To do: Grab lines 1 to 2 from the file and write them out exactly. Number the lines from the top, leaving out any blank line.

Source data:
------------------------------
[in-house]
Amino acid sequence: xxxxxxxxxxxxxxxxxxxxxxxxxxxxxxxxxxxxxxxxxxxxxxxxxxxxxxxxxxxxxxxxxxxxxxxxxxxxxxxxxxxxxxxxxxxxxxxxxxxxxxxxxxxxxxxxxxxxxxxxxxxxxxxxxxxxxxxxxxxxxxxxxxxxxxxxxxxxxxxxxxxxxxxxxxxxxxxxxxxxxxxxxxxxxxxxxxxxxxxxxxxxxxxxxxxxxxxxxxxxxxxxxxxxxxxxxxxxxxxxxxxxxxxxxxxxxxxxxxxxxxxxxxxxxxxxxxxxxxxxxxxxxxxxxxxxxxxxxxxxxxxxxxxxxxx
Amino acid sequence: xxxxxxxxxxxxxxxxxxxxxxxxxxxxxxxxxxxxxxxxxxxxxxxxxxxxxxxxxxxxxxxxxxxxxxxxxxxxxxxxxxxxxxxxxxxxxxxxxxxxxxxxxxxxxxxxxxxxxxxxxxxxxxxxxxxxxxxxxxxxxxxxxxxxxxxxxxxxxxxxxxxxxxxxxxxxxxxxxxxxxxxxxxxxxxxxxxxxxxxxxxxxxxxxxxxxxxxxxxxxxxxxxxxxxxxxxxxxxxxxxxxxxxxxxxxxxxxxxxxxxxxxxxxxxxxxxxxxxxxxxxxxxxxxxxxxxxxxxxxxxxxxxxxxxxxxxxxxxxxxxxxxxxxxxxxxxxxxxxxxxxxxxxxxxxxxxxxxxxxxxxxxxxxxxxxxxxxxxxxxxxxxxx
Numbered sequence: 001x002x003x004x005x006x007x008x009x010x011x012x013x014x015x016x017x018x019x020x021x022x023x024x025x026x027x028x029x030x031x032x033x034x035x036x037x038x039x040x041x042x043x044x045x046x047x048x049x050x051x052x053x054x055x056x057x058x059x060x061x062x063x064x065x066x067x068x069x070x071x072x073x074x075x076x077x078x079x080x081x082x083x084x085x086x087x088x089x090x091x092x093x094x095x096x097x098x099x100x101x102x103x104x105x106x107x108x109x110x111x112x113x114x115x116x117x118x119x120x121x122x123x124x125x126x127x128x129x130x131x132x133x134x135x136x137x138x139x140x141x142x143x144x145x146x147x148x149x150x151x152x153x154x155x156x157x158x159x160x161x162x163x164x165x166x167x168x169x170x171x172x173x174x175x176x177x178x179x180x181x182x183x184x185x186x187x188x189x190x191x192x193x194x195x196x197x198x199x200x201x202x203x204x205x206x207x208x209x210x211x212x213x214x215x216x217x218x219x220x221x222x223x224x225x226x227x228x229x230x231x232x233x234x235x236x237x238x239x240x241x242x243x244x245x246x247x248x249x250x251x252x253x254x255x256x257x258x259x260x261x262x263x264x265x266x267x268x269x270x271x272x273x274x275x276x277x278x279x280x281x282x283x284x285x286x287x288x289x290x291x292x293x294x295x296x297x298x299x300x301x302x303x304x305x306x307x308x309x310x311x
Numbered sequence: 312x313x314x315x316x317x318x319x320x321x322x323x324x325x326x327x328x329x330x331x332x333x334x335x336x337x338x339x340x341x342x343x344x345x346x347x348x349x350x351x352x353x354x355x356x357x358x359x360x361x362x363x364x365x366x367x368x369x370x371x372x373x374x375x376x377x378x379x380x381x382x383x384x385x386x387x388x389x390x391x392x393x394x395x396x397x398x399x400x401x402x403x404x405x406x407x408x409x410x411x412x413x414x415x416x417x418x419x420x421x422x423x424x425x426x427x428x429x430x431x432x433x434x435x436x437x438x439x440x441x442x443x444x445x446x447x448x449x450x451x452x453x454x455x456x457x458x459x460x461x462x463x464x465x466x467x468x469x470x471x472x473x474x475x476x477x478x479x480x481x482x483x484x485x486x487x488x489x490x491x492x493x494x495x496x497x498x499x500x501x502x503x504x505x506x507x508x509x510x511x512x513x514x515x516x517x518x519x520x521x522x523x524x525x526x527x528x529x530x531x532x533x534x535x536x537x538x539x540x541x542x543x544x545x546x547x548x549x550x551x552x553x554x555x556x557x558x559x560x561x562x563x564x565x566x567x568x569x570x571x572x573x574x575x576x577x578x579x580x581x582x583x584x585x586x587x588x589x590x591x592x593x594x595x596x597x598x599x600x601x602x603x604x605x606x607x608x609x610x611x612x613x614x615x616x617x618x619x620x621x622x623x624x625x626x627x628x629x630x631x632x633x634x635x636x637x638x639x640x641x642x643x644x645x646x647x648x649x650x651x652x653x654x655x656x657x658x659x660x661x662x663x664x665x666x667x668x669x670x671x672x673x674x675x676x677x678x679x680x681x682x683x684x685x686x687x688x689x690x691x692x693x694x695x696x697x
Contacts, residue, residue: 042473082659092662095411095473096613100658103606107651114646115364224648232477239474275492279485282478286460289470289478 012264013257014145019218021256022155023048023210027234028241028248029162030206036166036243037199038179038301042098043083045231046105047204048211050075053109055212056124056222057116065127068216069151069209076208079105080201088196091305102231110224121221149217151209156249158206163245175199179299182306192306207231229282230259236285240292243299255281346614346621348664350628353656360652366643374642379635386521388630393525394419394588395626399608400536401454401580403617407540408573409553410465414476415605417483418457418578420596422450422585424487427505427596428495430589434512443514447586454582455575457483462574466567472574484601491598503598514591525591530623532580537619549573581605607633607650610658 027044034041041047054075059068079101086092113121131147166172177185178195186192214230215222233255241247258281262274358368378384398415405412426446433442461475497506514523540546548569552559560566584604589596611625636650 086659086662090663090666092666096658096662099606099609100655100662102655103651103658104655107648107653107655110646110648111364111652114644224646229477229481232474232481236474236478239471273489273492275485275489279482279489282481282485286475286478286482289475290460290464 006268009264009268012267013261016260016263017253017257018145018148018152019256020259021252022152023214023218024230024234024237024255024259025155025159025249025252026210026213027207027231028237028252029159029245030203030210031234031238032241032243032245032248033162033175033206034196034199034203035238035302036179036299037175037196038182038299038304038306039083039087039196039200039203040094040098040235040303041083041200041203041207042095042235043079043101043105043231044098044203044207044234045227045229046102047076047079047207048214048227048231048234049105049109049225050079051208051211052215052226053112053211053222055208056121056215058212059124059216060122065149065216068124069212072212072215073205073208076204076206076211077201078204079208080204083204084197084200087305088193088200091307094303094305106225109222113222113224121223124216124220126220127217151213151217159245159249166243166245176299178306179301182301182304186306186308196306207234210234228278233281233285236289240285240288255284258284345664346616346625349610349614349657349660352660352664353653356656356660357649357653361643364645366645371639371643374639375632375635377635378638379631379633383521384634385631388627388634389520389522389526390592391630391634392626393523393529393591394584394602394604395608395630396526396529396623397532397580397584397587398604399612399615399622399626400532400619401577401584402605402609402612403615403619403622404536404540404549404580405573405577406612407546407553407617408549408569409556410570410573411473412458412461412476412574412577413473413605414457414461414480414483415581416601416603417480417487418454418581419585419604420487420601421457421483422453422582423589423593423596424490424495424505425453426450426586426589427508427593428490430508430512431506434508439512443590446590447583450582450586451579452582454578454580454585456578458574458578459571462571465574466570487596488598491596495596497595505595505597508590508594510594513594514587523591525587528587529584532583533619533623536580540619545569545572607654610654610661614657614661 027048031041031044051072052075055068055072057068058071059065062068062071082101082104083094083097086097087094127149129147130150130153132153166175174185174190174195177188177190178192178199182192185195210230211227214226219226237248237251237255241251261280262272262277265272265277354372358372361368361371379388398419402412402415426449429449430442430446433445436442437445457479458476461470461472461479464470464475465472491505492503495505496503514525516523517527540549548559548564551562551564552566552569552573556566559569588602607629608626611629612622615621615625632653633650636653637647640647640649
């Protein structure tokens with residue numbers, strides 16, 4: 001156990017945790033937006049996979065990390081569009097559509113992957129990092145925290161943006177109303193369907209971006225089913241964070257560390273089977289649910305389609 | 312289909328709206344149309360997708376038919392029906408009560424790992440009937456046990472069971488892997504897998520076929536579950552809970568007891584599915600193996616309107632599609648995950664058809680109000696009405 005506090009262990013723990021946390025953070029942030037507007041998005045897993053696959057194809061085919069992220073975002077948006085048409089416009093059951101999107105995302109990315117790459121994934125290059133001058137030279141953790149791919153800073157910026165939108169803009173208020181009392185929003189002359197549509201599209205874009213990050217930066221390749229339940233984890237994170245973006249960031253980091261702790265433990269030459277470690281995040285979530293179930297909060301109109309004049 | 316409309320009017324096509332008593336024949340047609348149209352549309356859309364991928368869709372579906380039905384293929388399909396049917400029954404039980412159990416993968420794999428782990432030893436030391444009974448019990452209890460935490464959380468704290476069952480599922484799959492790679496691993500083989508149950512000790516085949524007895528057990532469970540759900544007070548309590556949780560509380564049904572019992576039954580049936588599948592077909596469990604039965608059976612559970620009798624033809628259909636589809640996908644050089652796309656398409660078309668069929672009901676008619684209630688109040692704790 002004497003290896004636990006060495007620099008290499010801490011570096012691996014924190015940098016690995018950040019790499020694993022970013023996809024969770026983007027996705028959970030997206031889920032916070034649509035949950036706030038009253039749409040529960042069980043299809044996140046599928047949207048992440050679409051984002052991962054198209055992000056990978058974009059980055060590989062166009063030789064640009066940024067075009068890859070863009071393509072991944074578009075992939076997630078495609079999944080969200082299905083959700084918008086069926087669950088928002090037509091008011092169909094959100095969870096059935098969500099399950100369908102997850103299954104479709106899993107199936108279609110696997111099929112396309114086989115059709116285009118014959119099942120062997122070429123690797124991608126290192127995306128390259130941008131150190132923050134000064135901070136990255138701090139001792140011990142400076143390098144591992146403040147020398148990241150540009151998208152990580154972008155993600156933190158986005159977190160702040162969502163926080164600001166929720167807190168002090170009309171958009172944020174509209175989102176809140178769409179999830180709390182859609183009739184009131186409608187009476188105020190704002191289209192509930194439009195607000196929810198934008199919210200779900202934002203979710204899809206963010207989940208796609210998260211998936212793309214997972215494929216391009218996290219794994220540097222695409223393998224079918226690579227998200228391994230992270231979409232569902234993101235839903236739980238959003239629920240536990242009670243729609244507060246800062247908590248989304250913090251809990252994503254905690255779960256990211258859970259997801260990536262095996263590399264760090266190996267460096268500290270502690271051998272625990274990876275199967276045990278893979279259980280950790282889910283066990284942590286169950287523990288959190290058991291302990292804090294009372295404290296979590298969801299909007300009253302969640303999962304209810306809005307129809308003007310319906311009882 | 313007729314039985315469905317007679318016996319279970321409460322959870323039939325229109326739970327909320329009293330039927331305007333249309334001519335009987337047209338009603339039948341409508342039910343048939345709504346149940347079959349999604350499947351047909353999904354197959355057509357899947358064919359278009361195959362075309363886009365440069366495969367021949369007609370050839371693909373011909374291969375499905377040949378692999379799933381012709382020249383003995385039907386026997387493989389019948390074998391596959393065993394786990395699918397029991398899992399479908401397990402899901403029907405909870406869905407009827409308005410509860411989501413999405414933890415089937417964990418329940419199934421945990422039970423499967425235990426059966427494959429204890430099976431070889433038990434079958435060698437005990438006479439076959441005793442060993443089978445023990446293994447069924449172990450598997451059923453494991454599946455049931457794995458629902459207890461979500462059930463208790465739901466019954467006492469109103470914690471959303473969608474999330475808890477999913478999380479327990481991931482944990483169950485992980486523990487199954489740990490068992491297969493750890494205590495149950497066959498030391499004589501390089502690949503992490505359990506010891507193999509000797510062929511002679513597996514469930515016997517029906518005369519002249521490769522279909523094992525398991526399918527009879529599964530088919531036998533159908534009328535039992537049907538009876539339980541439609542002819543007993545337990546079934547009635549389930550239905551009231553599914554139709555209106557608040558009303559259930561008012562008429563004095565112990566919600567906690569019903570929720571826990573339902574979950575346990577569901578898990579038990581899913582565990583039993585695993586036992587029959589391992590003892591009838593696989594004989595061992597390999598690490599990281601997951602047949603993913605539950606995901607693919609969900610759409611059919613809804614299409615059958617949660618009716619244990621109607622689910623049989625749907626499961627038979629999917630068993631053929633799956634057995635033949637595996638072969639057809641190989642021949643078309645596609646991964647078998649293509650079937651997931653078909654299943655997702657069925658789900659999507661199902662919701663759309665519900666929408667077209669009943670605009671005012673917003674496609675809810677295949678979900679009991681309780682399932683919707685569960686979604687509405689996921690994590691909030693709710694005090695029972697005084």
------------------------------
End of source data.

[in-house]
Amino acid sequence: xxxxxxxxxxxxxxxxxxxxxxxxxxxxxxxxxxxxxxxxxxxxxxxxxxxxxxxxxxxxxxxxxxxxxxxxxxxxxxxxxxxxxxxxxxxxxxxxxxxxxxxxxxxxxxxxxxxxxxxxxxxxxxxxxxxxxxxxxxxxxxxxxxxxxxxxxxxxxxxxxxxxxxxxxxxxxxxxxxxxxxxxxxxxxxxxxxxxxxxxxxxxxxxxxxxxxxxxxxxxxxxxxxxxxxxxxxxxxxxxxxxxxxxxxxxxxxxxxxxxxxxxxxxxxxxxxxxxxxxxxxxxxxxxxxxxxxxxxxxxxxxxxxxxxxx